The History of the Victoria Cross – 19 February 2019
The Victoria Cross (VC) was born in the carnage of the Crimean War and is the highest award of the United Kingdom Honours System. It is awarded for gallantry “in the face of the enemy” to members of the British Armed Forces.
Local man, Alexander Hall, has a keen interest and admiration for the British Armed Forces and supports the Commonwealth War Graves Commission, cleaning and maintaining CWGC headstones wherever he finds them. He is an expert on the highly regarded VC medal, and gave an excellent and hugely interesting talk on this subject to the members.
His presentation started with an explanation of how the Royal Warrant for the instigation of the Victoria Cross was laid before Queen Victoria and signed by her on Tuesday, 29 January 1856. The award of the Cross was made retrospective to include the Crimean War which had formulated the idea of a new gallantry award in the mind of Queen Victoria after meeting some of the wounded from the conflict. The same idea had also occurred to the Secretary of State for War, the Duke of Newcastle. In January 1855 he had written to Prince Albert (Queen Victoria’s husband), reminding him of an earlier conversation. The Duke suggested ‘a new decoration open to all ranks. The medal is still occasionally, although rarely, awarded today. It is made from the metal of antique bronze gun barrels from the Crimean conflict.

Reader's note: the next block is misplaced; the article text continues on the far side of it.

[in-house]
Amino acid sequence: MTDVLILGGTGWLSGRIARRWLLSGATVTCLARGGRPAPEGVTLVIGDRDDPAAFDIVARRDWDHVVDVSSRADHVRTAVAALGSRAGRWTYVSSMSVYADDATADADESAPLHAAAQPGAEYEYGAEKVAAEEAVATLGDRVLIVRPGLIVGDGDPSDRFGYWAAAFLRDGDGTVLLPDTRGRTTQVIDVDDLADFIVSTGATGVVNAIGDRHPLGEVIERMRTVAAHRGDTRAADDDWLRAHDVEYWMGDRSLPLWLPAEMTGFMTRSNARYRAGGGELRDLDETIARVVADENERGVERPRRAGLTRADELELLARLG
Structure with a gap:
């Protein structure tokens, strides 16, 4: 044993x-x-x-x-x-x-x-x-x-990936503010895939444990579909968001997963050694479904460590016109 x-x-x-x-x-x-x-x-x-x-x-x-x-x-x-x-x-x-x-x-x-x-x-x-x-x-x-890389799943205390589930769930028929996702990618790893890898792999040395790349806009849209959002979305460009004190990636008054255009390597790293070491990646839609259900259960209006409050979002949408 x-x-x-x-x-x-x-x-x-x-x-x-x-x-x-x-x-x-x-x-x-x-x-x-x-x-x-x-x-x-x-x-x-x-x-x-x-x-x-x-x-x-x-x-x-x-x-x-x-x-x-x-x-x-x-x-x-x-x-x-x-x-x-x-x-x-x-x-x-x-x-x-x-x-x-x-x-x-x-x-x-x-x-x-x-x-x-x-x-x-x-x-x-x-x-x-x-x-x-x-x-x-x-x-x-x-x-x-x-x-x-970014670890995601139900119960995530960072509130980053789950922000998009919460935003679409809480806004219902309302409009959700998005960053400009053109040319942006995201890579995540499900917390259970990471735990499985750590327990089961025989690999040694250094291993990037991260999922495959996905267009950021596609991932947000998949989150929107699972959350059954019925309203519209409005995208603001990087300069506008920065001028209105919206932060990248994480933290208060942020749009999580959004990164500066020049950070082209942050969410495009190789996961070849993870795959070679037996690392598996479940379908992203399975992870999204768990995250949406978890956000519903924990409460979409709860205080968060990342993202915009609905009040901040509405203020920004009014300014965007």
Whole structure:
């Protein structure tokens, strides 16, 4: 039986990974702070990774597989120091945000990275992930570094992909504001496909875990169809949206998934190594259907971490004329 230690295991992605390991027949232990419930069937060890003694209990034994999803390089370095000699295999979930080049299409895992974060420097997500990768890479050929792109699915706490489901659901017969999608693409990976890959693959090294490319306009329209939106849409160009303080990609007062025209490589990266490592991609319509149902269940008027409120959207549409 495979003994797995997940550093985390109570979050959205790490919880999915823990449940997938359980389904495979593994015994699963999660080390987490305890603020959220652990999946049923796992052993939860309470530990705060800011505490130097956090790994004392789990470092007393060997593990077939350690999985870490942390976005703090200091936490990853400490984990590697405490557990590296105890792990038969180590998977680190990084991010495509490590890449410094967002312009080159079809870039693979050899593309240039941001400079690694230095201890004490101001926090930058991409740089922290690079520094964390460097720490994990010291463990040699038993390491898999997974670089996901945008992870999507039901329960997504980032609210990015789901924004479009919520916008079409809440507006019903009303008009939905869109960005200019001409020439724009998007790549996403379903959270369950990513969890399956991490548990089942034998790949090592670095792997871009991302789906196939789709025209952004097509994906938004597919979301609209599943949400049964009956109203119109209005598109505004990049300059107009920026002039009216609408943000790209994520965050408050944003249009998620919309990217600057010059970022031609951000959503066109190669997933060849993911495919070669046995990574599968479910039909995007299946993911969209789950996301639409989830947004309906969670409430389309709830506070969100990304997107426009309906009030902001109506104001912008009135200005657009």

Alex had an amazing store of interesting facts at his disposal and said that the VC has been awarded 1,358 times to 1,355 individual recipients. Inevitably some are lost, stolen, or sold due to financial hardship and the largest private collection of 213 VC medals, with an estimated value of £30M, belongs to the peer Lord Ashcroft. Only three people have twice been awarded the VC (VC and bar) one being to Captain Noel G Chavasse, and awarded posthumously for rescuing soldiers in no-man’s land at Ypres in 1917 when mortally injured. It is now guaranteed a permanent place of honour in the new Lord Ashcroft Gallery at the Imperial War Museum in London.
Alex also paid personal tributes to a number of holders of the VC, including young men who had seen recent action in Afghanistan and Iraq and Scottish servicemen (74 in WW1 alone), whilst poignantly describing the terrible experiences of wars.
Brian Strathern delivered the vote of thanks to Alex.